again, these are good points. Most oscilloscopes today allow you to store machijne setups. I save my popular ones and can then recall a particular setup rather than the default. This is also a great idea for demonstrations, where everything seems to go wrong. Having the stored setup is often a relief.
One of the First things I do when working with scopes is hit the Default Setup button. I have learned from my colleague test engineers spending hours tracking down problems that are due to scope setup rather than DUT output. ALWAYS run a Default Setup (and a front-end cal, if available).
We've all done it, so don't feel bad. With power comes complexity. Many of the newer scopes have customization capabilities, so you can save your frequenctly used setups. I do that also for demo's. If anything can go wrong, it will always occur at a live demo.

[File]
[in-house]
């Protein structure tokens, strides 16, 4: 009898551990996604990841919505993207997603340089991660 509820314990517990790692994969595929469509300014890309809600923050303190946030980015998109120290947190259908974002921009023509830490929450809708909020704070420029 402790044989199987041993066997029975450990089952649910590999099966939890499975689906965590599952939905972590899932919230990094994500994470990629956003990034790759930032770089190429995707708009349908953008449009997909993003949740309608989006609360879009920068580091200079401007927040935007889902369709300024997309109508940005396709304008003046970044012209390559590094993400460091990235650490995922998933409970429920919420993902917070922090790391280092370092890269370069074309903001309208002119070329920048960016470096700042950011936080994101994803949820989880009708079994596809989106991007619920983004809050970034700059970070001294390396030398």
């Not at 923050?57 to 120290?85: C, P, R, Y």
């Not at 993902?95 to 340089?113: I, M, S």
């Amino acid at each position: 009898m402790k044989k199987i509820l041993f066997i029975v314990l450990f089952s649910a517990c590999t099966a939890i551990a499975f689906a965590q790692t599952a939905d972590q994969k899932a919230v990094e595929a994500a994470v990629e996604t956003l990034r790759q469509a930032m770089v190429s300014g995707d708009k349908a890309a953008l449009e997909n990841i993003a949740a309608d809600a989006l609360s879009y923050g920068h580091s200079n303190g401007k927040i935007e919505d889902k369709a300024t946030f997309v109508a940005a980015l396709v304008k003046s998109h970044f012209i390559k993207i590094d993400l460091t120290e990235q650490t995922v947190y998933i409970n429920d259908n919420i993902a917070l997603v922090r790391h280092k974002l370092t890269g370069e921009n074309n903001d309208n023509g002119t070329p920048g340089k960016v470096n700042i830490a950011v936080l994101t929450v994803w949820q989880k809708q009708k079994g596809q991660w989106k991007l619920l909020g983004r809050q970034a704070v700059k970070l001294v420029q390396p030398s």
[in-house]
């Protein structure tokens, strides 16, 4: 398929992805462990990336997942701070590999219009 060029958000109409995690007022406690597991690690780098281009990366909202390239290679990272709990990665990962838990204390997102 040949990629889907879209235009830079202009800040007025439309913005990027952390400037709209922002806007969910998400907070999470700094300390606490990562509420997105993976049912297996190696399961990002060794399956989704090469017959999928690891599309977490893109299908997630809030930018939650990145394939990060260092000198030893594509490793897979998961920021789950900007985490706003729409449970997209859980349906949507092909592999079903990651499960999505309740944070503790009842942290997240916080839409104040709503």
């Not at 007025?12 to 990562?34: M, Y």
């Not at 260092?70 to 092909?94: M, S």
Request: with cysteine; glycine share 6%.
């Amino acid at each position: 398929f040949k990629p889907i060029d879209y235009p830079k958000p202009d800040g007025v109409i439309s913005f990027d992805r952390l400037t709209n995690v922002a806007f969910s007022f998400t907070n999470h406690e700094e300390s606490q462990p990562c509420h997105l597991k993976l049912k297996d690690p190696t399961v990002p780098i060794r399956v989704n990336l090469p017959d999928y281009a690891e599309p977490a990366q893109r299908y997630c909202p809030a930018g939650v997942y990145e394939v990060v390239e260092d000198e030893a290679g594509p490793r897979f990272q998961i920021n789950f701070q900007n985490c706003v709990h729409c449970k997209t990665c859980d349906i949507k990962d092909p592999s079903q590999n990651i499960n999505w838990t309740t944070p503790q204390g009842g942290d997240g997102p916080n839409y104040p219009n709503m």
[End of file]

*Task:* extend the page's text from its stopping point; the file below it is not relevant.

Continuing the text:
One of the lesser attributes of digital scopes vs analog is that there are numerous menus to wade through to see setups, whereas with analog scopes the entire setup is immediately visible by visually scanning the knobs and switches. Just today I was getting very strange results until I finally clued in that I had left one channel on AC coupled from yesterday, a mode I very seldom use. Yeah, I felt pretty darn silly for overlooking this basic setup.
NASA's Orion Flight Software Production Systems Manager Darrel G. Raines joins Planet Analog Editor Steve Taranovich and Embedded.com Editor Max Maxfield to talk about embedded flight software used in Orion Spacecraft, part of NASA's Mars mission. Live radio show and live chat. Get your questions ready.
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